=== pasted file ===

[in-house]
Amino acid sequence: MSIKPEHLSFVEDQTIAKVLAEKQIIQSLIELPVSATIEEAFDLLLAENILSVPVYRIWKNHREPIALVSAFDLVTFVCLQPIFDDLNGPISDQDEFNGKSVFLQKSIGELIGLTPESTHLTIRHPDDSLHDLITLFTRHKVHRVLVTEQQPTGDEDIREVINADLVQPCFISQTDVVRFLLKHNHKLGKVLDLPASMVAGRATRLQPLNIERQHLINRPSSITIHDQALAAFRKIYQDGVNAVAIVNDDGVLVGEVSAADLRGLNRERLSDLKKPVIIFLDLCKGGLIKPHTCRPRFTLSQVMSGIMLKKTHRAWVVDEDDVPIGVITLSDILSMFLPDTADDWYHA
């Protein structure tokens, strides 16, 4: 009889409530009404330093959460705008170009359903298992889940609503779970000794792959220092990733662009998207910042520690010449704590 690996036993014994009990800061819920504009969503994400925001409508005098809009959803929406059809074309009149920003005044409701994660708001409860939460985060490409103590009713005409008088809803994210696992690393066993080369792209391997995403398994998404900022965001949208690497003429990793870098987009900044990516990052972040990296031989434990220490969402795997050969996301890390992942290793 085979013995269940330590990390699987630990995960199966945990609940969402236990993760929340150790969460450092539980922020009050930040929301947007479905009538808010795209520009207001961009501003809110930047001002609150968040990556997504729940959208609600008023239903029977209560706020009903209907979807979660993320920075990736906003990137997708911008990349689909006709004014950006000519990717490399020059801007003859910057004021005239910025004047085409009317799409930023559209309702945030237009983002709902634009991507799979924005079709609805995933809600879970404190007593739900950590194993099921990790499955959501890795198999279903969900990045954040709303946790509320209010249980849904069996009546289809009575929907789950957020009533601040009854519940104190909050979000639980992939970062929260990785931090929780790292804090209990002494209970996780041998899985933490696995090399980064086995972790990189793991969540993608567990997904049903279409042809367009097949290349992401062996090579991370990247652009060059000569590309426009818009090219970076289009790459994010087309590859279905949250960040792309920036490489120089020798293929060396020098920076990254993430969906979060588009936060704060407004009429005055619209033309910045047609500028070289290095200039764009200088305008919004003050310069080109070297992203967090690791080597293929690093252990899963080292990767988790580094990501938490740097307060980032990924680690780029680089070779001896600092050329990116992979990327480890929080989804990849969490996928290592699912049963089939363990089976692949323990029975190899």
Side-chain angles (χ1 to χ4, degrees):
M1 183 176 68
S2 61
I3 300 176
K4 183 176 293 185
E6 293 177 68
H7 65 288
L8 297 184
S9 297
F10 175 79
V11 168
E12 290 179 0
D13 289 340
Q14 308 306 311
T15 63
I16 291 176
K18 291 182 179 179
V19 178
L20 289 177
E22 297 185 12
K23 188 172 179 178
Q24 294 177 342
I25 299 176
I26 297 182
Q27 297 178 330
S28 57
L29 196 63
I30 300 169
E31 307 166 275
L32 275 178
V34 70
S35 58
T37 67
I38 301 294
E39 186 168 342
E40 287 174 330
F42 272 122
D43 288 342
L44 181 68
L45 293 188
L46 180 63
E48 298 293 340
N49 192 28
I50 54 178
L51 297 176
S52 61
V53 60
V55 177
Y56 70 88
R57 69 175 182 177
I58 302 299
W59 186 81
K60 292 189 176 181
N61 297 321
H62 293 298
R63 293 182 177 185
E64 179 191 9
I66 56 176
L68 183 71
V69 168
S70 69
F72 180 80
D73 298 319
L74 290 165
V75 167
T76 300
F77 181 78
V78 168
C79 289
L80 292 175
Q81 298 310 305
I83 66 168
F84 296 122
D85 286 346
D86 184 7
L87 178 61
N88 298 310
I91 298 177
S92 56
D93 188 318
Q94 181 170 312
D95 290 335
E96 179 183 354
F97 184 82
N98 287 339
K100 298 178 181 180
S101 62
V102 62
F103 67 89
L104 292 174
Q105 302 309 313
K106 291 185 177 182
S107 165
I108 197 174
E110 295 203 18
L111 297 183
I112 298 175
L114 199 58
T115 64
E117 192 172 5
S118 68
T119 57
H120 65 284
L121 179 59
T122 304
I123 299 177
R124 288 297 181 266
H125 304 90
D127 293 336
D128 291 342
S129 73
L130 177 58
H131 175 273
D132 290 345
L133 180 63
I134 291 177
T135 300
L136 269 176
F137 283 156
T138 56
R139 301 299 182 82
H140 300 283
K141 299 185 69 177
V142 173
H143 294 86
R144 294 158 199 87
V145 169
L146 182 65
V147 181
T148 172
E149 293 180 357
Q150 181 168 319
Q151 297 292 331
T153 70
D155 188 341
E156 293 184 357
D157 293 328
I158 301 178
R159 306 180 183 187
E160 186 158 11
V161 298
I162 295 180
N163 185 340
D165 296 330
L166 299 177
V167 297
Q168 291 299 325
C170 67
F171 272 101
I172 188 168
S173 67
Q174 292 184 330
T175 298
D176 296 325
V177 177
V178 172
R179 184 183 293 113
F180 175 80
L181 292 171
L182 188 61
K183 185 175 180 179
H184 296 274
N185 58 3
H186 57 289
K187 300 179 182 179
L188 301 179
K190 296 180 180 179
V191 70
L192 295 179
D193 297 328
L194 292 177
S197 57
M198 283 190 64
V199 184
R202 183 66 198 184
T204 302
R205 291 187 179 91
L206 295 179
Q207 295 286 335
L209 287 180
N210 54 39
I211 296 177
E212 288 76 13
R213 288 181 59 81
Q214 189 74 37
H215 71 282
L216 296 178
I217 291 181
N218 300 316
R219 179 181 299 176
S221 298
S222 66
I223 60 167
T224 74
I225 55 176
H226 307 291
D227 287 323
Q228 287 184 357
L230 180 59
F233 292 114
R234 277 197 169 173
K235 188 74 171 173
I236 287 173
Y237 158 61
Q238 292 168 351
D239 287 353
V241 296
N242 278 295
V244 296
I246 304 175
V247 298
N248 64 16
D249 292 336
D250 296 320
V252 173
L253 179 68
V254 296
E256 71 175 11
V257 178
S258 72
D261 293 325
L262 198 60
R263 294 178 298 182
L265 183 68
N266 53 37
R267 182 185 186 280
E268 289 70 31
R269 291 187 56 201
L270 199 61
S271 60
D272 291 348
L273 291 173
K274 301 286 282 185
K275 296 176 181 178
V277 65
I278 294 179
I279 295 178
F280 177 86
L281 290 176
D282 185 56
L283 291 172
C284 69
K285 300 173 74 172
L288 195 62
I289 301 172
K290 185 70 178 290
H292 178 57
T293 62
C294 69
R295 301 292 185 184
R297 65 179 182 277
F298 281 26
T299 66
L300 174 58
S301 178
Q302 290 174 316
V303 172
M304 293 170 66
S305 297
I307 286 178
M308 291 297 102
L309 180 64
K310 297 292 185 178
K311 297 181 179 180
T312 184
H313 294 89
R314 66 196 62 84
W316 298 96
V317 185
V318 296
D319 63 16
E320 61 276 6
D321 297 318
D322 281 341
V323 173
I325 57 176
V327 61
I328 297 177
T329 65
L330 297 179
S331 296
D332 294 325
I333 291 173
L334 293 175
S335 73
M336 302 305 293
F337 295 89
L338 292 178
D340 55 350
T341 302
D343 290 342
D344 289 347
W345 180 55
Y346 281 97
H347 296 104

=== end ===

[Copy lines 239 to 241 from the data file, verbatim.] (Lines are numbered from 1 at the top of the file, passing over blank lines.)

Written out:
I278 294 179
I279 295 178
F280 177 86